To Your Health
October, 2013 (Vol. 07, Issue 10)
Beating Breast Cancer One Step at a Time
There are many benefits to being active, but now women can prevent one of the most common cancers - breast cancer - by simply moving more. The more a woman incorporates activities such as walking into her daily lifestyle, the less likely she is to develop breast cancer, according to two new studies.
In the first study, published online last week in Cancer Epidemiology, Biomarkers & Prevention, researchers with the Epidemiology Research Program at the American Cancer Society began by turning to a huge trove of data maintained by the cancer society. The database includes detailed health and medical information from more than 73,600 post-menopausal women, age 50 to 73, who enrolled in the study in the early 1990s. For almost two decades, they completed follow-up questionnaires every two years.
The questionnaires asked whether and how they exercised. About 9 percent reported never exercising. A few said that they exercised vigorously and often, typically by running, swimming or playing singles tennis. Most walked, usually at a pleasant pace of about 3 miles per hour. About half of the group reported that such strolling was their only form of exercise. Over the course of the study, 4,760 of the women enrolled developed breast cancer, according to the study.
The study found that those women who walked at least seven hours per week, usually distributed as an hour a day, had 14 percent less risk of developing breast cancer than those who walked for fewer than three hours per week, a significant reduction in risk.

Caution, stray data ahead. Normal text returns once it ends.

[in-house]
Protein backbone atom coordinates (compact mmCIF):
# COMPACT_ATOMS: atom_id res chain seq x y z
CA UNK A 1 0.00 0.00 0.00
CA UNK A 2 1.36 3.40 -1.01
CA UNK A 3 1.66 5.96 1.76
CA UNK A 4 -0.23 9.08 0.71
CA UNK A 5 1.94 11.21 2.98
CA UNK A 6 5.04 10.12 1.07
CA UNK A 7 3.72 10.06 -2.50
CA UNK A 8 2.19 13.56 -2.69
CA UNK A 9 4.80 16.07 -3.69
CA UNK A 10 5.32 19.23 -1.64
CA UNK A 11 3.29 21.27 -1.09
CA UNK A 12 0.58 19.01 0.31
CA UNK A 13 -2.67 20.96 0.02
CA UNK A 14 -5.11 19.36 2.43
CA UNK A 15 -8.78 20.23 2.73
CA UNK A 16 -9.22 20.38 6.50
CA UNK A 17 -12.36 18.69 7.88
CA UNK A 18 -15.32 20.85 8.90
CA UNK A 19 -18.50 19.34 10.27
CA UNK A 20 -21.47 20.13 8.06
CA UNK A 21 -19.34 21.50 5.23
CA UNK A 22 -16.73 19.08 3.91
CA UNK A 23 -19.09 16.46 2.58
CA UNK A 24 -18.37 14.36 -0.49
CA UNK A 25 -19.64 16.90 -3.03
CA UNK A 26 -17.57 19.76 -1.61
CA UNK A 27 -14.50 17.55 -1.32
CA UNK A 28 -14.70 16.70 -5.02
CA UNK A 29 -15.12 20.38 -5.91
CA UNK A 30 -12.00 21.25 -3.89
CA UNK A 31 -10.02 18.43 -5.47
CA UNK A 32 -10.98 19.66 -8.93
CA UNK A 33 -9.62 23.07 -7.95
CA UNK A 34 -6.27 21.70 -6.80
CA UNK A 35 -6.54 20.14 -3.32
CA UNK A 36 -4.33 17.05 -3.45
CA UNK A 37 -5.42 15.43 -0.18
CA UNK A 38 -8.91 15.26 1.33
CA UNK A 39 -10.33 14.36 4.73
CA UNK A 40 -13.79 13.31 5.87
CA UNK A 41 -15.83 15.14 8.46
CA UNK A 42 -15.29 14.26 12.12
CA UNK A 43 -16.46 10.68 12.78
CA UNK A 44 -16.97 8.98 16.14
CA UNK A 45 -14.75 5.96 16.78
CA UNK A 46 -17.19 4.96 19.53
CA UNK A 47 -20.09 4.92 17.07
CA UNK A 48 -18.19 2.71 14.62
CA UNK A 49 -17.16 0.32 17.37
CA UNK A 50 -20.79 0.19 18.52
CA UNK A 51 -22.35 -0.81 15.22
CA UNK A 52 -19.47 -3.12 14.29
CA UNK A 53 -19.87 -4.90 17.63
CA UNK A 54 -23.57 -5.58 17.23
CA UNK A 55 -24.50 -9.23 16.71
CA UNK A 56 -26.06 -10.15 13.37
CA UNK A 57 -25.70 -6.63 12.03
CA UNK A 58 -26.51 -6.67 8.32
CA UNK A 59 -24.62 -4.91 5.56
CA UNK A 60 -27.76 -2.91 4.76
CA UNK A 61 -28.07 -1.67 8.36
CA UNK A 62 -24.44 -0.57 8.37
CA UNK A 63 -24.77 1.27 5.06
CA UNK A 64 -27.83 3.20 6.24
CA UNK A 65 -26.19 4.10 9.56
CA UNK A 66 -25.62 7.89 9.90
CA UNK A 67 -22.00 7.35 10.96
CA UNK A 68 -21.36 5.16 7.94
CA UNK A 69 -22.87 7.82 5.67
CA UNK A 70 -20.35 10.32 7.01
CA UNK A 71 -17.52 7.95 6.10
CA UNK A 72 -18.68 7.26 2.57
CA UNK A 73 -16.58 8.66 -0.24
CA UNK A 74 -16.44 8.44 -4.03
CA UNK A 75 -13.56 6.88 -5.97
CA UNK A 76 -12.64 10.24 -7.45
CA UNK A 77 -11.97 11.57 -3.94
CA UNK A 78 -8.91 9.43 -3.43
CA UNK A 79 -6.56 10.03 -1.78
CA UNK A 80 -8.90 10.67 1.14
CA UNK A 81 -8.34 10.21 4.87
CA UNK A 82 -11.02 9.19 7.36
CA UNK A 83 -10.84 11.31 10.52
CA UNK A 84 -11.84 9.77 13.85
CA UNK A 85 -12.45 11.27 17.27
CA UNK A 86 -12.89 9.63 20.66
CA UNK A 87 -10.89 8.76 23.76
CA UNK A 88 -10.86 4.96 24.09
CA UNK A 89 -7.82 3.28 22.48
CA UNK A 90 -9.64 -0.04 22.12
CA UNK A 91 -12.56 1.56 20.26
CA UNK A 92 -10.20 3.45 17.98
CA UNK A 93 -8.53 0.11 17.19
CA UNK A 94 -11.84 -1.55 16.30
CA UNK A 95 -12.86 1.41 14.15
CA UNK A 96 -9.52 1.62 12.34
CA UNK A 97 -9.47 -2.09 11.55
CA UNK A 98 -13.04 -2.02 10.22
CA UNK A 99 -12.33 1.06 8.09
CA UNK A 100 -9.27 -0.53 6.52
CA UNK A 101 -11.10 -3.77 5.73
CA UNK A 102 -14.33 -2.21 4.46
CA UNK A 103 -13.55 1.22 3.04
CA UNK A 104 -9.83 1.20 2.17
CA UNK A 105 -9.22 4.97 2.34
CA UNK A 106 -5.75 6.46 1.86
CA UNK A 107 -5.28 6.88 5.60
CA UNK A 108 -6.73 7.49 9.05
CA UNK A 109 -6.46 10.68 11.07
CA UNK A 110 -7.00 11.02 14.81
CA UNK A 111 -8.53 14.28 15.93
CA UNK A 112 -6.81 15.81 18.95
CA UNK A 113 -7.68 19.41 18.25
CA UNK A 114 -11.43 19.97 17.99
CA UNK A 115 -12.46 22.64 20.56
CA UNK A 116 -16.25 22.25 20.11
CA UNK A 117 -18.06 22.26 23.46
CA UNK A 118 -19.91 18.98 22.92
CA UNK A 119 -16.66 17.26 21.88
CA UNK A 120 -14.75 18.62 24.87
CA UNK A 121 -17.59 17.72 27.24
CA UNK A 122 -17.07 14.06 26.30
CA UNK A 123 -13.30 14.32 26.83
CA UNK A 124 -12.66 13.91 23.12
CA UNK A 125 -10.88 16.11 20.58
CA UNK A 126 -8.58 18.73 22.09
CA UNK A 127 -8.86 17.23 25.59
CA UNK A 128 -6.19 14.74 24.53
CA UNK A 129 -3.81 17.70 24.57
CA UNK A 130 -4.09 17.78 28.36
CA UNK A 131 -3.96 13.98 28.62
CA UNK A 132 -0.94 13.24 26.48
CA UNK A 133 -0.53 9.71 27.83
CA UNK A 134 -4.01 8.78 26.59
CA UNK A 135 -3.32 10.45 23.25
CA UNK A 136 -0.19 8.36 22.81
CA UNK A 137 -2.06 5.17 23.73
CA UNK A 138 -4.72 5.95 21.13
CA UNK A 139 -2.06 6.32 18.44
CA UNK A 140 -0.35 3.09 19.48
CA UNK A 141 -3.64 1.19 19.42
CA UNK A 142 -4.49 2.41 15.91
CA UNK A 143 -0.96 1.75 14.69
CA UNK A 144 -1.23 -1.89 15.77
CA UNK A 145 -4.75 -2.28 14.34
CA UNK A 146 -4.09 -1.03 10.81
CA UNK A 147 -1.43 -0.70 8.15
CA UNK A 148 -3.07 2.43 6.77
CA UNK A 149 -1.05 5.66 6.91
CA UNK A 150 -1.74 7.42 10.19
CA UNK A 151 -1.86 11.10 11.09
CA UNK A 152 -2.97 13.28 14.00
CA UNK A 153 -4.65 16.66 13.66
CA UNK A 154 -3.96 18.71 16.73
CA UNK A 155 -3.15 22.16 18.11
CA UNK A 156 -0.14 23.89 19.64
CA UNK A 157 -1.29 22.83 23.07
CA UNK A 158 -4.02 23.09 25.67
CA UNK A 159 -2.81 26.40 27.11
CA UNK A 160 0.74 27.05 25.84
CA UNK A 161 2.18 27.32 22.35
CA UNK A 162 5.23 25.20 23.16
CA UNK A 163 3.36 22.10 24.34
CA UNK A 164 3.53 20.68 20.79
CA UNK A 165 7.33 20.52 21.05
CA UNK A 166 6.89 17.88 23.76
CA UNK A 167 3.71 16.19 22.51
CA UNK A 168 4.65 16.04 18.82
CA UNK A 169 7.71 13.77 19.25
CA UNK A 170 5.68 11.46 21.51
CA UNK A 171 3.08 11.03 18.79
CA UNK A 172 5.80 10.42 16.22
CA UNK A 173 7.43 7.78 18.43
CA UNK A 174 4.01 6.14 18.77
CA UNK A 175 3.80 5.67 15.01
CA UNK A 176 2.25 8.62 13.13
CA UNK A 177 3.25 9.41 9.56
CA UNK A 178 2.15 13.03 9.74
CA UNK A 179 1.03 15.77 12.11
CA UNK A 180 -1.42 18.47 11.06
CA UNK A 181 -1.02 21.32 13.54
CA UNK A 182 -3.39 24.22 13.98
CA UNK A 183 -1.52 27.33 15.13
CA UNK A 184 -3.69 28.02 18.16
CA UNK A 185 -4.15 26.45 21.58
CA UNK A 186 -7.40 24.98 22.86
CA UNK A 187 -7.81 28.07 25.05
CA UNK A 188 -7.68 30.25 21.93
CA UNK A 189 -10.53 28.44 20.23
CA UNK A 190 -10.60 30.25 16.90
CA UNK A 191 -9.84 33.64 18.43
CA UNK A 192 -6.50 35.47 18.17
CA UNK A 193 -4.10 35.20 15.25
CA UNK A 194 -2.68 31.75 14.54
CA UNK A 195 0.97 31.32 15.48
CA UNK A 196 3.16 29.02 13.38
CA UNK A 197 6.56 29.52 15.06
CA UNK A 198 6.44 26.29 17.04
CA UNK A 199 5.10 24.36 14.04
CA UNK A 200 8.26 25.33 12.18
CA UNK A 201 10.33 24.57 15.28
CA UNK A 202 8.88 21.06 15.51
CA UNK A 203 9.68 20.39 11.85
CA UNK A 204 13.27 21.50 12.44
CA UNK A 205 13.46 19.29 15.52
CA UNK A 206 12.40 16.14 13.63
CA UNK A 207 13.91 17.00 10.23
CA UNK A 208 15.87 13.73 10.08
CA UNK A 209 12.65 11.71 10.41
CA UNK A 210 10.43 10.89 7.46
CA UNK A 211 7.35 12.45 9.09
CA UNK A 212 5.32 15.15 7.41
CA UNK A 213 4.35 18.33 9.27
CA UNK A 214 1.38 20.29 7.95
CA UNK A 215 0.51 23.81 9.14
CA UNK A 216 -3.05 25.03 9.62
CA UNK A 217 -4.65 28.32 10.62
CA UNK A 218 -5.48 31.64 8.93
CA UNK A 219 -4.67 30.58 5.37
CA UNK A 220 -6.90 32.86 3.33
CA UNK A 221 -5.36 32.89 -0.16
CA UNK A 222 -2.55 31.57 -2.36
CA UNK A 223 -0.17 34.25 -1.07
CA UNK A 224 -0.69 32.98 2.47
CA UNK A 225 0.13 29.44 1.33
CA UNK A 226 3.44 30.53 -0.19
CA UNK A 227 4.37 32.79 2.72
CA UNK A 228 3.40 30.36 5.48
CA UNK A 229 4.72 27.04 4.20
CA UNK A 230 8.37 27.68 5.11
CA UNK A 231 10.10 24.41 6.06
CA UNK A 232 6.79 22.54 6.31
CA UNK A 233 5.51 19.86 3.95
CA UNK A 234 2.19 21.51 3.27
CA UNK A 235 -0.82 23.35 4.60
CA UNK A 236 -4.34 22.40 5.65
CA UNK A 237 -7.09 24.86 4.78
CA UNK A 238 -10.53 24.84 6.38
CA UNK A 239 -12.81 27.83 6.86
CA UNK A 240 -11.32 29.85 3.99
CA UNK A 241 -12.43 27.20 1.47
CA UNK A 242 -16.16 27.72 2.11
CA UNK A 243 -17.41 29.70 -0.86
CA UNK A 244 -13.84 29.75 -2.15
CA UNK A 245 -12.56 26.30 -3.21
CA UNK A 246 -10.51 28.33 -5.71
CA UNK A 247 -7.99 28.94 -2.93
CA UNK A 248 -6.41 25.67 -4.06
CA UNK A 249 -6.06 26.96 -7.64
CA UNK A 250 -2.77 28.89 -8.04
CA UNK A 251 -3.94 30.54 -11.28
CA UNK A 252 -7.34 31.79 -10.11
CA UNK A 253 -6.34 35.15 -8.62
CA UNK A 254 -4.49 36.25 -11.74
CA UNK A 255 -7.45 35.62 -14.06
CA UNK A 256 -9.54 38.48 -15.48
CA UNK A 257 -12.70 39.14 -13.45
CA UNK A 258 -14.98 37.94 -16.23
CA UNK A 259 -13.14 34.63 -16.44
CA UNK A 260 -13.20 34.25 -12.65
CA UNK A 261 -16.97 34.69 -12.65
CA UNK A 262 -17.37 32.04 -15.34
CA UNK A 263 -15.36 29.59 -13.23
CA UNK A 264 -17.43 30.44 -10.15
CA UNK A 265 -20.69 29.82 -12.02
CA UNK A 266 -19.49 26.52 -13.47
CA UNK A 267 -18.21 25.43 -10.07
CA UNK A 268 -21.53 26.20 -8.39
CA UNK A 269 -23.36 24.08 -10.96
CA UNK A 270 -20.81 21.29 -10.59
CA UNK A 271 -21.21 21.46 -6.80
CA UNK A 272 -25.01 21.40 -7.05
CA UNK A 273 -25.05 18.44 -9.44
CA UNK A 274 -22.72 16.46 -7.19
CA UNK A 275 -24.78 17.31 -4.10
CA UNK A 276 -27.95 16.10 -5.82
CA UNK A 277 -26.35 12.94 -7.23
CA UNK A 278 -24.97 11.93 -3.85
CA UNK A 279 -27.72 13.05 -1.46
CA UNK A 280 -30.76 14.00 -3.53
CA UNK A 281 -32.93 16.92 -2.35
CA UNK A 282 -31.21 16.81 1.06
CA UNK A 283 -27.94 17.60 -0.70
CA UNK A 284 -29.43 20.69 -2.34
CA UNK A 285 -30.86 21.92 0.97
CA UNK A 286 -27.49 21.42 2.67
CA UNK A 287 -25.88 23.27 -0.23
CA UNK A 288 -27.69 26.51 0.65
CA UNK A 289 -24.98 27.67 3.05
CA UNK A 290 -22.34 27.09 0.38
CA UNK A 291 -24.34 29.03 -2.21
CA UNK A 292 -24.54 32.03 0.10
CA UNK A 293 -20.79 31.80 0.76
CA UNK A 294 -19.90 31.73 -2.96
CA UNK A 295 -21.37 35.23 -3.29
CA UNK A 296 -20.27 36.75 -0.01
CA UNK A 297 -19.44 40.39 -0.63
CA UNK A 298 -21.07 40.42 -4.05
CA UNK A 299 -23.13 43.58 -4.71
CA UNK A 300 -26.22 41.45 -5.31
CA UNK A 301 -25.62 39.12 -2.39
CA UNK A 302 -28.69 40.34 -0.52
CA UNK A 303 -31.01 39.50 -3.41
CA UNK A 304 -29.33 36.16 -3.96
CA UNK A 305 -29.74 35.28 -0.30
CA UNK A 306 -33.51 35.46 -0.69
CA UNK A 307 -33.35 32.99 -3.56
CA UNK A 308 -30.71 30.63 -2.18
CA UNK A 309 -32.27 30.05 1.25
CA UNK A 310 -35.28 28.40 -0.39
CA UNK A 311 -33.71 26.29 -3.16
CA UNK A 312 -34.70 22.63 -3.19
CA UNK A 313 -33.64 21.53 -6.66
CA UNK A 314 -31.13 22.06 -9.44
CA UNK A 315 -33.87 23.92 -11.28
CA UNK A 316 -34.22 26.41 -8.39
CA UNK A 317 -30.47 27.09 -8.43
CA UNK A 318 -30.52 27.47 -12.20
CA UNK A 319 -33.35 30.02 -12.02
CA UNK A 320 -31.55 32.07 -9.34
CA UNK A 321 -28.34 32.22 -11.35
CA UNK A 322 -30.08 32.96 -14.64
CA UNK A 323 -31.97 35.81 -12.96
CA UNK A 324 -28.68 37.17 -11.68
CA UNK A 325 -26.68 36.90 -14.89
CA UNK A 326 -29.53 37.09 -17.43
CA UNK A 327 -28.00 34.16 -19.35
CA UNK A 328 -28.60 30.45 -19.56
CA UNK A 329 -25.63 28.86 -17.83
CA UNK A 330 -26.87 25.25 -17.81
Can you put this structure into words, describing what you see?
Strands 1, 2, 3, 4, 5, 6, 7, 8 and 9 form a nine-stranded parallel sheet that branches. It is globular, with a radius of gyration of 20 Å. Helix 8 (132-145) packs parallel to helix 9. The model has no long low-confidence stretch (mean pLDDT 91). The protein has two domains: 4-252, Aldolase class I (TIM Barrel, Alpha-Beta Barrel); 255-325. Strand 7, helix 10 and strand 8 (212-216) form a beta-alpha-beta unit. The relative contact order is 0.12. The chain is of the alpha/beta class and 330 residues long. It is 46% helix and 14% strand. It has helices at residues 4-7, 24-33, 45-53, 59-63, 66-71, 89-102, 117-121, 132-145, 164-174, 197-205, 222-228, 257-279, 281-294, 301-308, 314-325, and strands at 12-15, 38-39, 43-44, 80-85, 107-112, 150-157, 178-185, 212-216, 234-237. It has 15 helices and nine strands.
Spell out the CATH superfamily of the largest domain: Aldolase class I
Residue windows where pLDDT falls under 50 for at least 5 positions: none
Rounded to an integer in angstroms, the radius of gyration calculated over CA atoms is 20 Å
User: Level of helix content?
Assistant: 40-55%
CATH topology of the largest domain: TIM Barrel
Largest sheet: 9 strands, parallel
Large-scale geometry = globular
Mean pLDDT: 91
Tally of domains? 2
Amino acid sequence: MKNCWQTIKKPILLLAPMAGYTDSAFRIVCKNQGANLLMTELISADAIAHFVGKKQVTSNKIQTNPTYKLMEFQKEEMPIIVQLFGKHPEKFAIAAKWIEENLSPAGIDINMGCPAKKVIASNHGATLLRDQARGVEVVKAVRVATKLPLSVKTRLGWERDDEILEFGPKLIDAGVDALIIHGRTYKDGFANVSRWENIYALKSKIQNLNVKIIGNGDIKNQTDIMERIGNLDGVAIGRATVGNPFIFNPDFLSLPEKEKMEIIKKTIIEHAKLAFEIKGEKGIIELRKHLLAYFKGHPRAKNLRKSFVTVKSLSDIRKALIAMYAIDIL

Meanwhile, those few women who were the most active, exercising up to 10 hours each week, had a 25 percent less risk of developing breast cancer than those women who exercised the least.
In another study published in Cancer Epidemiology, Biomarkers & Prevention, scientists from the School of Public Health at the University of Minnesota divided several hundred sedentary, pre-menopausal women into two groups. One group remained sedentary, while the other began a moderate aerobic exercise program that continued five times a week for 16 weeks.
At the start and end of the four months, the researchers collected urine and tested it for levels of estrogen and various estrogen metabolites, the substances that are formed when estrogen is broken down by the body. In this study, those volunteers who remained sedentary showed no changes in the ratios of their estrogen metabolites after four months. But, among the group that began exercising, the levels of one of the metabolites fell and another rose, shifting the ratio in ways that are believed to indicate less chance of breast cancer. The women also lost body fat and gained muscle.
If you are looking to get in shape and lower your risk of breast cancer put on your walking shoes.